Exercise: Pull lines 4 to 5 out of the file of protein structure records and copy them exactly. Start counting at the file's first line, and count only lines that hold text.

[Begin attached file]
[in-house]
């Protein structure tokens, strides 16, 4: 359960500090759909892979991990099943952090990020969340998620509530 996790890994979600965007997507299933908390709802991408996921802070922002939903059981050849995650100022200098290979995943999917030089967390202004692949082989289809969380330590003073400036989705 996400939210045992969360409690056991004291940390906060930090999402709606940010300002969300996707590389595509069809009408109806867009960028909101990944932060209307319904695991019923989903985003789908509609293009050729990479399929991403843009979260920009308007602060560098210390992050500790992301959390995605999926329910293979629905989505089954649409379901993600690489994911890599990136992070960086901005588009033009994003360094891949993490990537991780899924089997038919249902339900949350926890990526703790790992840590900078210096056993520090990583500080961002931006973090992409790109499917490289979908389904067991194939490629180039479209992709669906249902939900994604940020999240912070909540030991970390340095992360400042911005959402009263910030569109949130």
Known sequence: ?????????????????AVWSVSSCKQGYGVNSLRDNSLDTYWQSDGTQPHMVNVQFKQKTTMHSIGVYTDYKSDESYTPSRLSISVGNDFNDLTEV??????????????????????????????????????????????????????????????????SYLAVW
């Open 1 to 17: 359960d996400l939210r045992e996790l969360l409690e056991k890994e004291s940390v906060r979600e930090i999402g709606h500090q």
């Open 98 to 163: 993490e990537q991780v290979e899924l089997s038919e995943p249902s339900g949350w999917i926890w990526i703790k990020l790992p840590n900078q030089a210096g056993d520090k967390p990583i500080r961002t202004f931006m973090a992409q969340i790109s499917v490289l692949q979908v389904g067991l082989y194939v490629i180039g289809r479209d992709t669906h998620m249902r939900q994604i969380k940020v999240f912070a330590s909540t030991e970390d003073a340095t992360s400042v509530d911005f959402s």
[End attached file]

């Open 1 to 17: 359960d996400l939210r045992e996790l969360l409690e056991k890994e004291s940390v906060r979600e930090i999402g709606h500090q």
């Open 98 to 163: 993490e990537q991780v290979e899924l089997s038919e995943p249902s339900g949350w999917i926890w990526i703790k990020l790992p840590n900078q030089a210096g056993d520090k967390p990583i500080r961002t202004f931006m973090a992409q969340i790109s499917v490289l692949q979908v389904g067991l082989y194939v490629i180039g289809r479209d992709t669906h998620m249902r939900q994604i969380k940020v999240f912070a330590s909540t030991e970390d003073a340095t992360s400042v509530d911005f959402s």